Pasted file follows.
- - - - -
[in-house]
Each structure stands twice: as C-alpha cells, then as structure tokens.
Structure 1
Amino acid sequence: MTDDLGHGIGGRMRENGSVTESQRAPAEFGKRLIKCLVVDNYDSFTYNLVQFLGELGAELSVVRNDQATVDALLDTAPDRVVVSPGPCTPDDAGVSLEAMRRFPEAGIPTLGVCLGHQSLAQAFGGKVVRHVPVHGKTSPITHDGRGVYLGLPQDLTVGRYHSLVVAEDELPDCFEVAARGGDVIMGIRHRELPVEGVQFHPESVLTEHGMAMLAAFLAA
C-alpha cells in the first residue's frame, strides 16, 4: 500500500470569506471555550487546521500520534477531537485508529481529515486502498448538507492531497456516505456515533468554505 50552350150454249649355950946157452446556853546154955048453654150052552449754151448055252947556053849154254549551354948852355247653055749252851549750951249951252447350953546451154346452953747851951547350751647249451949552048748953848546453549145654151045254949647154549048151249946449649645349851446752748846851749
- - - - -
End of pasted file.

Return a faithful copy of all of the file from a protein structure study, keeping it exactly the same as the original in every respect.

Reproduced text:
[in-house]
Each structure stands twice: as C-alpha cells, then as structure tokens.
Structure 1
Amino acid sequence: MTDDLGHGIGGRMRENGSVTESQRAPAEFGKRLIKCLVVDNYDSFTYNLVQFLGELGAELSVVRNDQATVDALLDTAPDRVVVSPGPCTPDDAGVSLEAMRRFPEAGIPTLGVCLGHQSLAQAFGGKVVRHVPVHGKTSPITHDGRGVYLGLPQDLTVGRYHSLVVAEDELPDCFEVAARGGDVIMGIRHRELPVEGVQFHPESVLTEHGMAMLAAFLAA
C-alpha cells in the first residue's frame, strides 16, 4: 500500500470569506471555550487546521500520534477531537485508529481529515486502498448538507492531497456516505456515533468554505 50552350150454249649355950946157452446556853546154955048453654150052552449754151448055252947556053849154254549551354948852355247653055749252851549750951249951252447350953546451154346452953747851951547350751647249451949552048748953848546453549145654151045254949647154549048151249946449649645349851446752748846851749